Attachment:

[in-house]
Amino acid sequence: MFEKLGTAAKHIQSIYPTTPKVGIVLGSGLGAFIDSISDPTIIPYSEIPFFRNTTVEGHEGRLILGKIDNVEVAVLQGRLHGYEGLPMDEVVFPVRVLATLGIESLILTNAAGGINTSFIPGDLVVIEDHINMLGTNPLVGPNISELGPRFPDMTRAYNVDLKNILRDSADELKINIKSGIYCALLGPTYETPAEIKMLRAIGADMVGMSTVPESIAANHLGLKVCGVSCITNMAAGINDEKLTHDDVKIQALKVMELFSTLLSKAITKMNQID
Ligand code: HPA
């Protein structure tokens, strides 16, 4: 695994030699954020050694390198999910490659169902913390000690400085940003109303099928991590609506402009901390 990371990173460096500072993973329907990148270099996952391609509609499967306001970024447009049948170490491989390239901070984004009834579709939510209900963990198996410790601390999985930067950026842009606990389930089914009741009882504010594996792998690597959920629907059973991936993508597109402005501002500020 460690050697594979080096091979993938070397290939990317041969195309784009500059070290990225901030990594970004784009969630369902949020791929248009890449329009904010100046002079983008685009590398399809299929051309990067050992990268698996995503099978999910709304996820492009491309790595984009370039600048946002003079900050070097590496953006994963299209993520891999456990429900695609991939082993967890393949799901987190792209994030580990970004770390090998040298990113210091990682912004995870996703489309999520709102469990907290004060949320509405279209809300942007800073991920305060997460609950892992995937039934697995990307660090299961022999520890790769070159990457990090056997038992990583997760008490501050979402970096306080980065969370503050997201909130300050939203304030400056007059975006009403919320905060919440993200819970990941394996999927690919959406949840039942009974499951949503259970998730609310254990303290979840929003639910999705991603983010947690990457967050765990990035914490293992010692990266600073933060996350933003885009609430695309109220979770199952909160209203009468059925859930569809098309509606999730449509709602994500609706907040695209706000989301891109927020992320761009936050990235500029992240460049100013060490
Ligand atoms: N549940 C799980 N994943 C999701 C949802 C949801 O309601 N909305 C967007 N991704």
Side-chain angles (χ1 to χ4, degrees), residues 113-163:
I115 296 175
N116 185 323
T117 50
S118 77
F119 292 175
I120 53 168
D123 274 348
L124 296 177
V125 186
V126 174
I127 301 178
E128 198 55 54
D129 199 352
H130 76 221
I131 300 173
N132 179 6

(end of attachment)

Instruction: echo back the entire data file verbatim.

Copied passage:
[in-house]
Amino acid sequence: MFEKLGTAAKHIQSIYPTTPKVGIVLGSGLGAFIDSISDPTIIPYSEIPFFRNTTVEGHEGRLILGKIDNVEVAVLQGRLHGYEGLPMDEVVFPVRVLATLGIESLILTNAAGGINTSFIPGDLVVIEDHINMLGTNPLVGPNISELGPRFPDMTRAYNVDLKNILRDSADELKINIKSGIYCALLGPTYETPAEIKMLRAIGADMVGMSTVPESIAANHLGLKVCGVSCITNMAAGINDEKLTHDDVKIQALKVMELFSTLLSKAITKMNQID
Ligand code: HPA
């Protein structure tokens, strides 16, 4: 695994030699954020050694390198999910490659169902913390000690400085940003109303099928991590609506402009901390 990371990173460096500072993973329907990148270099996952391609509609499967306001970024447009049948170490491989390239901070984004009834579709939510209900963990198996410790601390999985930067950026842009606990389930089914009741009882504010594996792998690597959920629907059973991936993508597109402005501002500020 460690050697594979080096091979993938070397290939990317041969195309784009500059070290990225901030990594970004784009969630369902949020791929248009890449329009904010100046002079983008685009590398399809299929051309990067050992990268698996995503099978999910709304996820492009491309790595984009370039600048946002003079900050070097590496953006994963299209993520891999456990429900695609991939082993967890393949799901987190792209994030580990970004770390090998040298990113210091990682912004995870996703489309999520709102469990907290004060949320509405279209809300942007800073991920305060997460609950892992995937039934697995990307660090299961022999520890790769070159990457990090056997038992990583997760008490501050979402970096306080980065969370503050997201909130300050939203304030400056007059975006009403919320905060919440993200819970990941394996999927690919959406949840039942009974499951949503259970998730609310254990303290979840929003639910999705991603983010947690990457967050765990990035914490293992010692990266600073933060996350933003885009609430695309109220979770199952909160209203009468059925859930569809098309509606999730449509709602994500609706907040695209706000989301891109927020992320761009936050990235500029992240460049100013060490
Ligand atoms: N549940 C799980 N994943 C999701 C949802 C949801 O309601 N909305 C967007 N991704």
Side-chain angles (χ1 to χ4, degrees), residues 113-163:
I115 296 175
N116 185 323
T117 50
S118 77
F119 292 175
I120 53 168
D123 274 348
L124 296 177
V125 186
V126 174
I127 301 178
E128 198 55 54
D129 199 352
H130 76 221
I131 300 173
N132 179 6